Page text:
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Johnny Griffin

Johnny Griffin

American musician

John Arnold Griffin III (April 24, 1928[1] – July 25, 2008) was an American jazz tenor saxophonist. Nicknamed "the Little Giant" for his short stature and forceful playing, Griffin's career began in the mid-1940s and continued until the month of his death. A pioneering figure in hard bop, Griffin recorded prolifically as a bandleader in addition to stints with pianist Thelonious Monk, drummer Art Blakey, in partnership with fellow tenor Eddie "Lockjaw" Davis and as a member of the Kenny Clarke/Francy Boland Big Band after he moved to Europe in the 1960s. In 1995, Griffin was awarded an Honorary Doctorate of Music from Berklee College of Music.

Early life and career

Griffin studied music at DuSable High School in Chicago under Walter Dyett, starting out on clarinet before moving on to oboe and then alto saxophone. While still at high school at the age of 15, Griffin was playing with T-Bone Walker in a band led by Walker's brother.

Alto saxophone was still his instrument of choice when he joined Lionel Hampton's big band, three days after his high school graduation, but Hampton encouraged him to take up the tenor, playing alongside Arnett Cobb. He first appeared on a Los Angeles recording with Hampton's band in 1945 at the age of 17.

By mid-1947, Griffin and fellow Hampton band member Joe Morris, had formed a sextet made up of local musicians, including George Freeman, where he remained for the next two years. His playing can be heard on early rhythm and blues recordings for Atlantic Records. By 1951, Griffin was playing baritone saxophone in an R&B septet led by former bandmate Arnett Cobb.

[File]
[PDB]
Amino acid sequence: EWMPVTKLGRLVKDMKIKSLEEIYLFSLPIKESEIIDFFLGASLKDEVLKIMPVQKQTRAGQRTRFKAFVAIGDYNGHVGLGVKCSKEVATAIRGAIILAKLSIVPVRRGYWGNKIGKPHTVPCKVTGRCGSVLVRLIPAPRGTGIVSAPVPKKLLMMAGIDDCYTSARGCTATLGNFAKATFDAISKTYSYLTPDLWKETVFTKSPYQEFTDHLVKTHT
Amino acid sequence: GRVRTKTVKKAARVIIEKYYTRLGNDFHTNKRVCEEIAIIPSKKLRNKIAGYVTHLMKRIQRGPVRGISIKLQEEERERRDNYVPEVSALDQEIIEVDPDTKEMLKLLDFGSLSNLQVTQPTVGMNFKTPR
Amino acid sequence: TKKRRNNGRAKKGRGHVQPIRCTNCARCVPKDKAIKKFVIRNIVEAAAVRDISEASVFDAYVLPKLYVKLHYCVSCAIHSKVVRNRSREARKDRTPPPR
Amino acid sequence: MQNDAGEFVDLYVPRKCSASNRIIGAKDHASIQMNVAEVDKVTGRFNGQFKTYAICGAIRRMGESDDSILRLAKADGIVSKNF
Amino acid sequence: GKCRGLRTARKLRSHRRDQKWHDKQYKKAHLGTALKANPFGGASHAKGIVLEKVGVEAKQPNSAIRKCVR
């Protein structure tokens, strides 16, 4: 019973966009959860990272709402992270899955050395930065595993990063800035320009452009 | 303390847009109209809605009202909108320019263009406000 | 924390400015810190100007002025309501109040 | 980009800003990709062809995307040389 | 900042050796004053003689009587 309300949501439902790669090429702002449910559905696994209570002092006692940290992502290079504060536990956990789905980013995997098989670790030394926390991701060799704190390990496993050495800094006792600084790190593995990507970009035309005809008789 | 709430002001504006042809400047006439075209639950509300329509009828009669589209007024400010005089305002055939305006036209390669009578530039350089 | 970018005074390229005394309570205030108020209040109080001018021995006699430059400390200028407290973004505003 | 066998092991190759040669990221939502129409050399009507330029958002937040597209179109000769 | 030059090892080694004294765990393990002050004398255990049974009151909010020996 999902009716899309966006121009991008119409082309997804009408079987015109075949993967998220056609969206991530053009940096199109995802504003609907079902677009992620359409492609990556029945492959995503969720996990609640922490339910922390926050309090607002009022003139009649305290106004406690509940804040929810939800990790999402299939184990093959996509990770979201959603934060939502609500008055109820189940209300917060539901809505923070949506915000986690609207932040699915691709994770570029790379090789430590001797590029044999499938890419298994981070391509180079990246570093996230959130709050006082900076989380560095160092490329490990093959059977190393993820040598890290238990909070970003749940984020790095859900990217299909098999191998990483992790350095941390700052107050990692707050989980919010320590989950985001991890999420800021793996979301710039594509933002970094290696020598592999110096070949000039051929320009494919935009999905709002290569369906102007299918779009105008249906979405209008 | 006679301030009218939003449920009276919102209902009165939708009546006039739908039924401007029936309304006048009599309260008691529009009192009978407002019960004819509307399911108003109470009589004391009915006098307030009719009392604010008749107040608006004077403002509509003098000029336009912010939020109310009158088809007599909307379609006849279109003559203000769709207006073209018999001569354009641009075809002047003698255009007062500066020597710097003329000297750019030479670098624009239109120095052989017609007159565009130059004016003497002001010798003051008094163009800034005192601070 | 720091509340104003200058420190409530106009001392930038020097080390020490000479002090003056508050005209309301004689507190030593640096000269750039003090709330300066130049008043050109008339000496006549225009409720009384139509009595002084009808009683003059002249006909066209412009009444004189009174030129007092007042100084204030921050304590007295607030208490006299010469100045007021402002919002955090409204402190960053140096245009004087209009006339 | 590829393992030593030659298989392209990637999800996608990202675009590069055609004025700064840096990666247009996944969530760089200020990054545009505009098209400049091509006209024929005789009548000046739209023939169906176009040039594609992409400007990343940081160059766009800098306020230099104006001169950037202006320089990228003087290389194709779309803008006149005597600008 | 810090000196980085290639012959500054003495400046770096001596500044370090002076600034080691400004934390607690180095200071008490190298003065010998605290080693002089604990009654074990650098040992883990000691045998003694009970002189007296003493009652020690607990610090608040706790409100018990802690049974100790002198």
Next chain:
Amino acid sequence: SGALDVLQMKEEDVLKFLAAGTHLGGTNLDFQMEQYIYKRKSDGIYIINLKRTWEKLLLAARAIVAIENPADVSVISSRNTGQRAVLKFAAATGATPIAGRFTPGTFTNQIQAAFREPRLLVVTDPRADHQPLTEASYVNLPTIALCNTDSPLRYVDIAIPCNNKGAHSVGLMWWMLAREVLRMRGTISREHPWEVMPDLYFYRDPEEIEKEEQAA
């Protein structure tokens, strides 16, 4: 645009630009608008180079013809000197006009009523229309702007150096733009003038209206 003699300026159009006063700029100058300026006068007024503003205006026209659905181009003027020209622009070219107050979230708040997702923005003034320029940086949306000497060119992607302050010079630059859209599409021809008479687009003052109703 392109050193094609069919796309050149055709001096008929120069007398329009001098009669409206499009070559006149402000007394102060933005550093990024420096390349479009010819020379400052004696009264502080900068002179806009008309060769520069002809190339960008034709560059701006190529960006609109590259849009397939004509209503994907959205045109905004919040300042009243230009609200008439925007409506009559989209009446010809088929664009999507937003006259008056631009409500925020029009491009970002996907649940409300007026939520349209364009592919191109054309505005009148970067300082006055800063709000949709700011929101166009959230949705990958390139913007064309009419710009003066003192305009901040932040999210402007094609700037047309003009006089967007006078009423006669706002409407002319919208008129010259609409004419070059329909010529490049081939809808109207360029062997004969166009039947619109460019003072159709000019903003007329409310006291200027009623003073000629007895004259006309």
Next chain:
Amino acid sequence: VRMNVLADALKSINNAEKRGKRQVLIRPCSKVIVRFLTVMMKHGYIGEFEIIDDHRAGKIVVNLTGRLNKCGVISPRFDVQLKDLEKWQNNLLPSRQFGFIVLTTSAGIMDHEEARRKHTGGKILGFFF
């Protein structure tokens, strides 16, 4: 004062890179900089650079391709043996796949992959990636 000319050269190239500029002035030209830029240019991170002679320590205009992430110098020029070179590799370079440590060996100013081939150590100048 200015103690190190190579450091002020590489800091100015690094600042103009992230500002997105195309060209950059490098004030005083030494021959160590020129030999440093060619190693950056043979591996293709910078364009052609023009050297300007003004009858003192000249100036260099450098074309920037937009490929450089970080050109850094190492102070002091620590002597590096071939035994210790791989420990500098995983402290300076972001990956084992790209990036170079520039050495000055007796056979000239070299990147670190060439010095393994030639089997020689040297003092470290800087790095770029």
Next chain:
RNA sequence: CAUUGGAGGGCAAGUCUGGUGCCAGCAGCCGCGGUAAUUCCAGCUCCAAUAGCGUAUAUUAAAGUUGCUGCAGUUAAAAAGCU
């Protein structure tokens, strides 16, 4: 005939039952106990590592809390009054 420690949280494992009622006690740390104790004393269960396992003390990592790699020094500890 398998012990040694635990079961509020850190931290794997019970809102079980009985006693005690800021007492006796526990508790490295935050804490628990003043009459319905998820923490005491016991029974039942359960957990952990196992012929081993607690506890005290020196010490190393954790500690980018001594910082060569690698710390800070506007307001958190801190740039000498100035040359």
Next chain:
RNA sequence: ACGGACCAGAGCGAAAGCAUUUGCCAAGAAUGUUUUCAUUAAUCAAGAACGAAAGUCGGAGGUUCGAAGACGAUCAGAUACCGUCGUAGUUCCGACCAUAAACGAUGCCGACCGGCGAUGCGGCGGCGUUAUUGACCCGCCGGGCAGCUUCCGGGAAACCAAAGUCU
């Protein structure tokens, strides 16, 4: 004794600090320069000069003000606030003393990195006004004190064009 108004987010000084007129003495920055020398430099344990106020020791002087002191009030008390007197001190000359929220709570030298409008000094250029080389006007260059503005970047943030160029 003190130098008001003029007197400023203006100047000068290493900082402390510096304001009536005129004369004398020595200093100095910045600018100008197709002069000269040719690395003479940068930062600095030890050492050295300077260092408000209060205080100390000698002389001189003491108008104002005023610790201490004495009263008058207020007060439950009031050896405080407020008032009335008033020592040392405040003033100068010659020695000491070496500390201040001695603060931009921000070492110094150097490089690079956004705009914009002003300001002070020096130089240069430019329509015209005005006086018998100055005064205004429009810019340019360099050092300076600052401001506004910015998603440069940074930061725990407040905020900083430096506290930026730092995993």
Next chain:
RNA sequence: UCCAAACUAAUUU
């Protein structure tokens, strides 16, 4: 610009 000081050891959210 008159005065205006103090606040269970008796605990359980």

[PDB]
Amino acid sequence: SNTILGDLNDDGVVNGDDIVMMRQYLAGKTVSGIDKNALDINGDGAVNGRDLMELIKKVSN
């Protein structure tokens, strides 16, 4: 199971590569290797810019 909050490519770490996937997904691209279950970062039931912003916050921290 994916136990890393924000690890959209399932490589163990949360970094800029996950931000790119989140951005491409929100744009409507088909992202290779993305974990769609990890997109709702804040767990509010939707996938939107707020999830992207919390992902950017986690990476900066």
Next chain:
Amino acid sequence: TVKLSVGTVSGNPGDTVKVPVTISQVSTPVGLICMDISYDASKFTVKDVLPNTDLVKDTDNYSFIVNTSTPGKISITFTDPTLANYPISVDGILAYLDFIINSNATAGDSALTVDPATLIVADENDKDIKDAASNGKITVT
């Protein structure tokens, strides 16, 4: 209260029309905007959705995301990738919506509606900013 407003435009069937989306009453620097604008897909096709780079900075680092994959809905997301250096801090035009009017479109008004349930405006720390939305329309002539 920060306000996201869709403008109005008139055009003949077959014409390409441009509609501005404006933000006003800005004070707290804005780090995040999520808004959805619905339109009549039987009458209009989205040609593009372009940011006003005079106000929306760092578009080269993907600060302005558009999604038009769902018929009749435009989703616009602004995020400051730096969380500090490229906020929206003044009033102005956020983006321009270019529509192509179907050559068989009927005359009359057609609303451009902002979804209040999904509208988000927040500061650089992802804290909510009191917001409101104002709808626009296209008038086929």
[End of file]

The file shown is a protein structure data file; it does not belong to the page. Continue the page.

After returning to Chicago from two years in the Army, Griffin began to establish a reputation as one of the premiere saxophonists in that city. Thelonious Monk enthusiastically encouraged Orrin Keepnews of the Riverside label to sign the young tenor, but before he could act Blue Note had signed Griffin.

He joined Art Blakey's Jazz Messengers in 1957, and his recordings from that time include an album joining together the Messengers and Thelonious Monk. Griffin then succeeded John Coltrane as a member of Monk's Five Spot quartet; he can be heard on the albums Thelonious in Action and Misterioso.

Griffin's unique style, based on an astounding technique, included a vast canon of bebop language. He was known to quote generously from classical, opera and other musical forms. A prodigious player, he was often subjected to and victorious at "cutting sessions" (a musical battle between two musicians) involving a legion of tenor players, both in his hometown Chicago with Hank Mobley and Gene Ammons, and on the road. Diminutive, he was distinctive as a fashionable dresser, a good businessman, and a well-liked bandleader to other musicians.

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